Caramelised white chocolate

For the fudge, I based my recipe on one found here at The Joy of Baking, using white chocolate and adding the zest of half a lemon at the butter stage. Instead of the cream, I used a mix of sour cream and milk instead. Almost at the end of the stirring stage, I threw in some chopped pistachios. Also, I didn’t have glucose syrup/ corn syrup handy, so I used some honey. Trouble is, I only had leatherwood honey on hand, and it really messed around with the flavours of the fudge. When I gave a piece to MC Junior, I could see the indecision on her face. On one hand, she was loving the sweetness, but she wasn’t loving the lemon rind or strong honey tones. Plus, the fudge was probably slightly undercooked and was just a touch too soft. “Ah, well, fudge fail,” I though.


Slightly too soft




But instead of chucking it out, I thought I might as well experiment to see if I could save it. So I put all the fudge back into a heavy based saucepan and brought it slowly to the boil, and back to the soft ball stage. Then I took it off the heat and added another tablespoon or two of the white chocolate. It worked! The second boiling mellowed out the lemon and honey flavours, and the extra white chocolate boosted the chocolatey flavour. This time, both the MC’s loved it.


Saved from a fudge failure.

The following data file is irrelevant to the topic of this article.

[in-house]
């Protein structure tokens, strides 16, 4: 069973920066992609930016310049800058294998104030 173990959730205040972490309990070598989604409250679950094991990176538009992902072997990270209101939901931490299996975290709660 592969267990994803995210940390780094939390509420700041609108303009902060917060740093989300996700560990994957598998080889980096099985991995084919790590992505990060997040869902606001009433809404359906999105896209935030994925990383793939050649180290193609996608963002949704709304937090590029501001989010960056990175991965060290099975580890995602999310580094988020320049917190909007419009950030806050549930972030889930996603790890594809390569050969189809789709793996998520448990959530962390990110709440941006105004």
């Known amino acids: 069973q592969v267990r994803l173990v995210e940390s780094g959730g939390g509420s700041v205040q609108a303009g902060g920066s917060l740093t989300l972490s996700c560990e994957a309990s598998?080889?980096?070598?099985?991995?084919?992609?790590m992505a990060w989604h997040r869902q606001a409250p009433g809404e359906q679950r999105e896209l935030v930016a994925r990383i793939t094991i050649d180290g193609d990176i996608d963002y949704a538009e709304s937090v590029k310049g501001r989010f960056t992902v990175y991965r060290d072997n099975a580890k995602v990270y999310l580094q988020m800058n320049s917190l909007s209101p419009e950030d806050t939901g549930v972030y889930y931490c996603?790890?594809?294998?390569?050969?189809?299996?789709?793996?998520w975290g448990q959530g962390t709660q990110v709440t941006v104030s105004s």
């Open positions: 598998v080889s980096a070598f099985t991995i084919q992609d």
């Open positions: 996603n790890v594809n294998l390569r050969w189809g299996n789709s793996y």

If you’re thinking of making fudge, here’s another link I found helpful. The best tip I gleaned was to let the fudge cool a little before beating otherwise it will be grainy. If you don’t have a candy thermometer, to judge whether the fudge has cooled enough, dip the spoon onto the surface of the mixture, if it has formed a bit of a “skin” (so you can see the indent of the spoon), then it’s cool enough.

Now onto the chocolate part of the challenge. Anyone remember my first dismal attempt at making chocolate? Stick around, I’ll show you worse!

After searching in vain to buy a thermometer suitable for chocolate making, I decided to be daring and try without it anyway. This thread at the egulllet forums proved very helpful. After reading and re-reading the thread, I decided to try the “testing using lower lip area” method. Another helpful tip I also learned here is to avoid sharp temperature spikes and drops, and using plastic bowls and rubber spatulas helped (plastic is a poor heat conductor).